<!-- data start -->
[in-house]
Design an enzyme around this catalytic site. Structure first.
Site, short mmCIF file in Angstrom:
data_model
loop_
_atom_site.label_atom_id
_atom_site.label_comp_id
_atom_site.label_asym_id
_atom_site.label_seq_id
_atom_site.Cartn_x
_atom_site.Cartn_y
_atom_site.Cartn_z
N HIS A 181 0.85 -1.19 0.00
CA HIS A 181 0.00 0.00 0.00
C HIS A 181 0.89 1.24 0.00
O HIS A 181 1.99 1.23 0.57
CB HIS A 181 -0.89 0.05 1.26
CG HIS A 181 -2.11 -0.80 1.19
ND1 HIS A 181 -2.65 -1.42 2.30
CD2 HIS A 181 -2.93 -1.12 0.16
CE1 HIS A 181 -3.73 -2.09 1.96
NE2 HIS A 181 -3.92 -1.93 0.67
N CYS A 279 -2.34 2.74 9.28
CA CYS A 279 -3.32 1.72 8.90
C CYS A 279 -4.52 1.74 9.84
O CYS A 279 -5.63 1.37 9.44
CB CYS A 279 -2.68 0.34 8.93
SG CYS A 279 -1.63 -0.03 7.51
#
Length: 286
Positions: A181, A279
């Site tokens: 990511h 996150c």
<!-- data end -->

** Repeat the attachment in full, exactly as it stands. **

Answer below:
[in-house]
Design an enzyme around this catalytic site. Structure first.
Site, short mmCIF file in Angstrom:
data_model
loop_
_atom_site.label_atom_id
_atom_site.label_comp_id
_atom_site.label_asym_id
_atom_site.label_seq_id
_atom_site.Cartn_x
_atom_site.Cartn_y
_atom_site.Cartn_z
N HIS A 181 0.85 -1.19 0.00
CA HIS A 181 0.00 0.00 0.00
C HIS A 181 0.89 1.24 0.00
O HIS A 181 1.99 1.23 0.57
CB HIS A 181 -0.89 0.05 1.26
CG HIS A 181 -2.11 -0.80 1.19
ND1 HIS A 181 -2.65 -1.42 2.30
CD2 HIS A 181 -2.93 -1.12 0.16
CE1 HIS A 181 -3.73 -2.09 1.96
NE2 HIS A 181 -3.92 -1.93 0.67
N CYS A 279 -2.34 2.74 9.28
CA CYS A 279 -3.32 1.72 8.90
C CYS A 279 -4.52 1.74 9.84
O CYS A 279 -5.63 1.37 9.44
CB CYS A 279 -2.68 0.34 8.93
SG CYS A 279 -1.63 -0.03 7.51
#
Length: 286
Positions: A181, A279
């Site tokens: 990511h 996150c």